AMD Hammer chip nails open source

Linux distributors and tools vendors are climbing on board at LinuxWorld for AMD's new 64-bit chip offering

At LinuxWorld in San Jose, California, AMD announced support from vendors Red Hat and SuSE. The pair will work to port their Linux flavors to AMD's forthcoming 64-bit chip codenamed SledgeHammer.

The chip, otherwise known as Hammer, uses a new instruction set -- a modified version of the x86 instruction set used in AMD's Athlon processor. The new instruction set has been dubbed x86-64.

Hammer's extra instructions, as well as some hardware enhancements, allow it to run in 64-bit or 32-bit modes.

Most applications and operating systems today are 32-bit. The work on the part of OS vendors, such as Red Hat, is necessary for the chip to be able to run the operating systems in its 64-bit mode. The main advantage of 64 bit over 32 bit is performance. A 64-bit processor can, for example, address a much larger amount of physical memory than a 32-bit processor -- terabytes, in this instance, as opposed to gigabytes.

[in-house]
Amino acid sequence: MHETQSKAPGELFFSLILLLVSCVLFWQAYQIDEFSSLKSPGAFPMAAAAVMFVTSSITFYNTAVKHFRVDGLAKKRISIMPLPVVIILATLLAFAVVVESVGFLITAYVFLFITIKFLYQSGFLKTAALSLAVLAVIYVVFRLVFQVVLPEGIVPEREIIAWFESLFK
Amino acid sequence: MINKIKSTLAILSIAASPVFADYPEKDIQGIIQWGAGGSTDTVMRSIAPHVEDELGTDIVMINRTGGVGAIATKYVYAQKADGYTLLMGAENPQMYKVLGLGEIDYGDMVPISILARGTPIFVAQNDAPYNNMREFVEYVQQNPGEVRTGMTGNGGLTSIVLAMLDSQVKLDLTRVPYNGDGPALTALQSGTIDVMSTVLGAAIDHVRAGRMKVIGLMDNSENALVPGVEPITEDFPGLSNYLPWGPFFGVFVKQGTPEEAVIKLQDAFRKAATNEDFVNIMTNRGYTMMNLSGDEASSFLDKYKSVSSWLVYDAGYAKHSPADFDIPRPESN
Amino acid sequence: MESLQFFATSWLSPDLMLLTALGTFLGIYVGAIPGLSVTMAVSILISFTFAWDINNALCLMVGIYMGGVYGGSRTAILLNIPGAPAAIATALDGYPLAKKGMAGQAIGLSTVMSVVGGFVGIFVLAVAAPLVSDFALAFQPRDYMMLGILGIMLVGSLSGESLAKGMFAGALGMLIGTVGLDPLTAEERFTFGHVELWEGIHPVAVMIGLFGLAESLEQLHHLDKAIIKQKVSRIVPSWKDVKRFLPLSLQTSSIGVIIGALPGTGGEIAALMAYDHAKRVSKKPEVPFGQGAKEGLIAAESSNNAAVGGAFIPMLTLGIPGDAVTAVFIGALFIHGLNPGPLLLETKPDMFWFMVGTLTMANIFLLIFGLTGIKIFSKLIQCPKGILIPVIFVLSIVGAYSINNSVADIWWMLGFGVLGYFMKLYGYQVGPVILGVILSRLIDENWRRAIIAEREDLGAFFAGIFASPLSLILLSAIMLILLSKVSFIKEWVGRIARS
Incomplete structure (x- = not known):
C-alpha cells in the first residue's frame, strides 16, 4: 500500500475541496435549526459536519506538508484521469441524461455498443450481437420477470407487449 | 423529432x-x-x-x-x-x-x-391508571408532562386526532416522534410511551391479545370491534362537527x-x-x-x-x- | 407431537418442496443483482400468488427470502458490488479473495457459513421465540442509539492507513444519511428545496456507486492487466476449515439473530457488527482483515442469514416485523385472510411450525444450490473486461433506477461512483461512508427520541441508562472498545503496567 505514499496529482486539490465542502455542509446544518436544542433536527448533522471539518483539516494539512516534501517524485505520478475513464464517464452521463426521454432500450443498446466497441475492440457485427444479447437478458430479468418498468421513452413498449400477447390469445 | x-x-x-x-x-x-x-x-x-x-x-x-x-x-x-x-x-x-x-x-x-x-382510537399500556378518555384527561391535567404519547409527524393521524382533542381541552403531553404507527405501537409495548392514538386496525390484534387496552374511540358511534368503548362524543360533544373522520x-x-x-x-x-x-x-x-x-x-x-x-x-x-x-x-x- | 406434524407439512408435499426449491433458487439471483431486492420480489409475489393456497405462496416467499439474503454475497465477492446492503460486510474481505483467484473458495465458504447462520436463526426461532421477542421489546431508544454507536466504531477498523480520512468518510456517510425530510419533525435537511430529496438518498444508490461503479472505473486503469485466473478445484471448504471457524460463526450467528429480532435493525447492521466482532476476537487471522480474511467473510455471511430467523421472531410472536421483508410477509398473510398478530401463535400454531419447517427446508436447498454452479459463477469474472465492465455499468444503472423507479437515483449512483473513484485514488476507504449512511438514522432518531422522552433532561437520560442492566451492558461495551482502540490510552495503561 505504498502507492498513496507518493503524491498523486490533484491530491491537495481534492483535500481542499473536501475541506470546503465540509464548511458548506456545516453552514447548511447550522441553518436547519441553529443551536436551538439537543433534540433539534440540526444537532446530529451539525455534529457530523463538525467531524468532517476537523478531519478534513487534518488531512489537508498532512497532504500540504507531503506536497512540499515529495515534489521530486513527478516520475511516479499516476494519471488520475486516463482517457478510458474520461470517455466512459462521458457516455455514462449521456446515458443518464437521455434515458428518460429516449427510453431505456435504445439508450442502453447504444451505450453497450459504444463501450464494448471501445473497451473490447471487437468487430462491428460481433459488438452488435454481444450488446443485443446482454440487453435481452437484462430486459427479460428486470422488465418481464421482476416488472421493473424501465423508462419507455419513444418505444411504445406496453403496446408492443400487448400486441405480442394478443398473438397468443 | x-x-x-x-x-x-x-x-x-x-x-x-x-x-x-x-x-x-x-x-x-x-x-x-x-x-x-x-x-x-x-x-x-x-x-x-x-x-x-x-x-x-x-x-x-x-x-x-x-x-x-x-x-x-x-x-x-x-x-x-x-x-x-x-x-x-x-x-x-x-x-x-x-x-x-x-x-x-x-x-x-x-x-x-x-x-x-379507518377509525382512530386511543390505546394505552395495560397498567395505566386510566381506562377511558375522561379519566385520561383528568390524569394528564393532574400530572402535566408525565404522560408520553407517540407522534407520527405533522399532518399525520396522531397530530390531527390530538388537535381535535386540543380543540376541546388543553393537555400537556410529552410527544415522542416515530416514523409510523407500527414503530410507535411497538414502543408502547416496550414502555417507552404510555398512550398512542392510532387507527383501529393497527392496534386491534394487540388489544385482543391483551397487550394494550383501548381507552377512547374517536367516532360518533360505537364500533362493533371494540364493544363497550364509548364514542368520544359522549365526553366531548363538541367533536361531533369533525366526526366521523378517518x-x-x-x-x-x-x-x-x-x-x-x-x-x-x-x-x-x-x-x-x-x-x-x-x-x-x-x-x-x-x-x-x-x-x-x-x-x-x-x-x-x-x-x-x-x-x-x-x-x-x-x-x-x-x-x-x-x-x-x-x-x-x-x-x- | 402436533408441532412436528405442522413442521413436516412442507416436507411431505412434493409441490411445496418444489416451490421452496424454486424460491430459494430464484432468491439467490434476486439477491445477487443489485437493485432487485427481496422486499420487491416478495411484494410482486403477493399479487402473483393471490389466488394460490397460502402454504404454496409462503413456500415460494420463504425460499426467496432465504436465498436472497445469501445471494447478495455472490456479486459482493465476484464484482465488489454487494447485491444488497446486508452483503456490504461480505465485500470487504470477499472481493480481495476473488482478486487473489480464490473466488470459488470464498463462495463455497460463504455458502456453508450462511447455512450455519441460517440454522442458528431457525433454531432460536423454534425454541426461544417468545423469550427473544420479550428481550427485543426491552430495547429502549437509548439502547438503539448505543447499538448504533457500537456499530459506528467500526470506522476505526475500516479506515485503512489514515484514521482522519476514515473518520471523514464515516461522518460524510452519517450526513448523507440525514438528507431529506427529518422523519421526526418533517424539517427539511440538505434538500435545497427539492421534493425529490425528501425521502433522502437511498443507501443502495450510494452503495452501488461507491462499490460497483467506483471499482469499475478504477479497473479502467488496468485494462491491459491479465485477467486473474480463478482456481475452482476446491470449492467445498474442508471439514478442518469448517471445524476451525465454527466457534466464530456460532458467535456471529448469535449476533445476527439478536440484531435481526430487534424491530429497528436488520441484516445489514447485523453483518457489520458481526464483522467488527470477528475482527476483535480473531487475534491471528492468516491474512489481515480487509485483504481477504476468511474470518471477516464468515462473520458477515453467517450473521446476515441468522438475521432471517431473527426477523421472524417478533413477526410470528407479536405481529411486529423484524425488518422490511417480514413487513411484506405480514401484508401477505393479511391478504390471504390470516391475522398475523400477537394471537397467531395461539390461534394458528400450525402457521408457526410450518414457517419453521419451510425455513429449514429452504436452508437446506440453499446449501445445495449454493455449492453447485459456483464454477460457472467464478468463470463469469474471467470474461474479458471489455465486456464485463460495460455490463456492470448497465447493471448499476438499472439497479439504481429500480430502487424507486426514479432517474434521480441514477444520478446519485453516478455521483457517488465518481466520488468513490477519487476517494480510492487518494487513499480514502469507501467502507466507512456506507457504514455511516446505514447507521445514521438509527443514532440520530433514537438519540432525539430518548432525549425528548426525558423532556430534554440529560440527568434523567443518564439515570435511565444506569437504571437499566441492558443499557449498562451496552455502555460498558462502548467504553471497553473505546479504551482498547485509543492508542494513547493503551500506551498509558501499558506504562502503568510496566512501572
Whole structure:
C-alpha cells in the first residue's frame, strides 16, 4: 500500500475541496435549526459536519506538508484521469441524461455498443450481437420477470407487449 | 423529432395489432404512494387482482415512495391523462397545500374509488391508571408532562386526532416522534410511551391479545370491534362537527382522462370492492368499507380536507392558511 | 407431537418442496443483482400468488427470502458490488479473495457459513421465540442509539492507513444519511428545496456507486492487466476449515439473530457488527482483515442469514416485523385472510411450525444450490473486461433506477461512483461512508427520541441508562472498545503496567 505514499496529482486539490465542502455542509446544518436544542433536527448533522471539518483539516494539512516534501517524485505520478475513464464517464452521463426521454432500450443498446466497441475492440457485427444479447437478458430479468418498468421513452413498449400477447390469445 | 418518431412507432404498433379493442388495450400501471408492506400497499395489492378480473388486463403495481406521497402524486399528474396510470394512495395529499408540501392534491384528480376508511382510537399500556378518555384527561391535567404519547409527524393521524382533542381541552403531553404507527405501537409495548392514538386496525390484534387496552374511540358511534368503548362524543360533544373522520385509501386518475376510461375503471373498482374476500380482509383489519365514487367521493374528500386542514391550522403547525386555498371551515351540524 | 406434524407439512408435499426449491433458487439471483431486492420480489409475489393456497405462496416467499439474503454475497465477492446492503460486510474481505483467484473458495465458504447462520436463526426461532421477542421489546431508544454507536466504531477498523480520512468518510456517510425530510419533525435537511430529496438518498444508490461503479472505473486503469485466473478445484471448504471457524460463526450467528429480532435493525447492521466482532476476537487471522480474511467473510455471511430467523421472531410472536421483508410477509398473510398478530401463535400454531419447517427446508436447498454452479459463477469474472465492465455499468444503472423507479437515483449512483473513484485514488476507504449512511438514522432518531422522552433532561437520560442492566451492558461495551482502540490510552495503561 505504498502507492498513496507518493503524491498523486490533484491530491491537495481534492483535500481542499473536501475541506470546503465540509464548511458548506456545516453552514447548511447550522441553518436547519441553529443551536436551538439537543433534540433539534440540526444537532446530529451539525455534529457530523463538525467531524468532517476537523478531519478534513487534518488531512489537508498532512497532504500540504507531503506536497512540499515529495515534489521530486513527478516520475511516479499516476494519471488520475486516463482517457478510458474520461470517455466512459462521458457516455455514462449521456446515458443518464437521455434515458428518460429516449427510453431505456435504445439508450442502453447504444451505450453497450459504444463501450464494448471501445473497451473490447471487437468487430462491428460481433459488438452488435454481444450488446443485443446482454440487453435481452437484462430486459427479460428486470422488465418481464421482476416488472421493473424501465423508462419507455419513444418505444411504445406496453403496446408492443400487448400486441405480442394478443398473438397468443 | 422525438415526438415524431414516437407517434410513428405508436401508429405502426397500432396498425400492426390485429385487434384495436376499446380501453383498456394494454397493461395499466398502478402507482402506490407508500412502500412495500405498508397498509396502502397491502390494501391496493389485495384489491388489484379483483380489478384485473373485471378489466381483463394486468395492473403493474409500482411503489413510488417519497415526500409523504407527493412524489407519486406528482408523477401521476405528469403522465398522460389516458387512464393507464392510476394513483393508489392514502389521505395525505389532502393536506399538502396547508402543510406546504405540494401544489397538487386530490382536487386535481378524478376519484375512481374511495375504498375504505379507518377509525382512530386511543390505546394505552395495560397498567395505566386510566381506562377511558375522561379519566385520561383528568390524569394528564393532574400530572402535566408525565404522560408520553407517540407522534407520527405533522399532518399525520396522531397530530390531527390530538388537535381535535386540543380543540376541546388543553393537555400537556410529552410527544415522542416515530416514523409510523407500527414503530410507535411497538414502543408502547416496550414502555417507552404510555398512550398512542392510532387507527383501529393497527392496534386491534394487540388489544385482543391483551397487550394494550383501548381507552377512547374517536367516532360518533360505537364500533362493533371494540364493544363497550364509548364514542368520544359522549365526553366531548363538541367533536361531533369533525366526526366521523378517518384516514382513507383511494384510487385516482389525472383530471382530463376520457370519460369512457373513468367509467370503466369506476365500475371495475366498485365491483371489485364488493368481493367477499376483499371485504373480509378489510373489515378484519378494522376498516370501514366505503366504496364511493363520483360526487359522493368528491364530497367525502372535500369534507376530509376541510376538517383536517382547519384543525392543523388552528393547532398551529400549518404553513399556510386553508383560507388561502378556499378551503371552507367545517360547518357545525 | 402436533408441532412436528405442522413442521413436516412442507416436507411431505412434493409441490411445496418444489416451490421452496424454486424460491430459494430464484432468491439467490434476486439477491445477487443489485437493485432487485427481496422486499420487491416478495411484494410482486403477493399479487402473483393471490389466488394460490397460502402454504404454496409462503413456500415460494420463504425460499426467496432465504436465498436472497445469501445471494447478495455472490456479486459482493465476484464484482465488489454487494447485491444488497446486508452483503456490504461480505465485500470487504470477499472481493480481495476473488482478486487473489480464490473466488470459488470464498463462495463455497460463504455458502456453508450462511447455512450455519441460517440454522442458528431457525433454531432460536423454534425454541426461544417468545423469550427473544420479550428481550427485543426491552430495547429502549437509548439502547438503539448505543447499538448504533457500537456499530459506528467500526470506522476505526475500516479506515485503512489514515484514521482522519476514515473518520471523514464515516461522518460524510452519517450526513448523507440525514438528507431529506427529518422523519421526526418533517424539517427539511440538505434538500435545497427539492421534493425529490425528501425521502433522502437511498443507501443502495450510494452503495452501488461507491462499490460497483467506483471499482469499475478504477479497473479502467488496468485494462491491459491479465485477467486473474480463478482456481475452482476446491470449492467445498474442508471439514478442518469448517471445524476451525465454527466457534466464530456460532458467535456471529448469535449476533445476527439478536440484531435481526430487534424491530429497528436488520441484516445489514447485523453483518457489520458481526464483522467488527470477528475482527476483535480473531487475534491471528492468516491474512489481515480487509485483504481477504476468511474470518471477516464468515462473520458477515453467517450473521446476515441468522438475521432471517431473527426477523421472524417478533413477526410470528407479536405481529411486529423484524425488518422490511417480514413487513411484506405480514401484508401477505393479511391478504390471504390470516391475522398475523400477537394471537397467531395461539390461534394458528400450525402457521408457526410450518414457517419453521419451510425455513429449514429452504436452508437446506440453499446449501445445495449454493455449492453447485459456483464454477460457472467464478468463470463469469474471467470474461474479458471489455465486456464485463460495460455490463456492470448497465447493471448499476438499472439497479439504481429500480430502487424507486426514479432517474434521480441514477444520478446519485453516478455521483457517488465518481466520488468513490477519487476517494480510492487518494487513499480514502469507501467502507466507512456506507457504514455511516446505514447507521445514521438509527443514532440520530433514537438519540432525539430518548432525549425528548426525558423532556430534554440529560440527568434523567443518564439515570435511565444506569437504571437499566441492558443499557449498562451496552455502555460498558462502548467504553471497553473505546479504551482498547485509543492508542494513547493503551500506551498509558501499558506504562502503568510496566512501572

This benefit comes into play with large corporate applications such as databases, in which more memory increases performance.

AMD also sees a place for 64-bit chips for the desktop. It believes the 64-bit mode would lead to much faster processing of things such as encryption/decryption.

AMD also announced Tuesday that Linux development-tool vendor CodeSourcery will work with the company to port GNU/Linux operating systems to x86-64. Ada Core Technologies, a software development tool maker, also announced its support for x86-64.

AMD has also received support outside of the open source community for its new chip and instruction set.

Last week, Sun Microsystems backed AMD's x86-64 strategy. Sun will port its Solaris UNIX OS to Hammer/x86-64. IBM said it was considering porting its AIX OS to the new chip, as well.

However, Microsoft was noncommittal, with company officials saying only that Microsoft had looked at the specifications for the chip.

Also Tuesday, AMD announced that it will establish a new x86-64 simulator for developers, called www.x86-64.org.

The simulator, which will allow developers to test operating systems and other software, will be available for free on the Web, starting next month.

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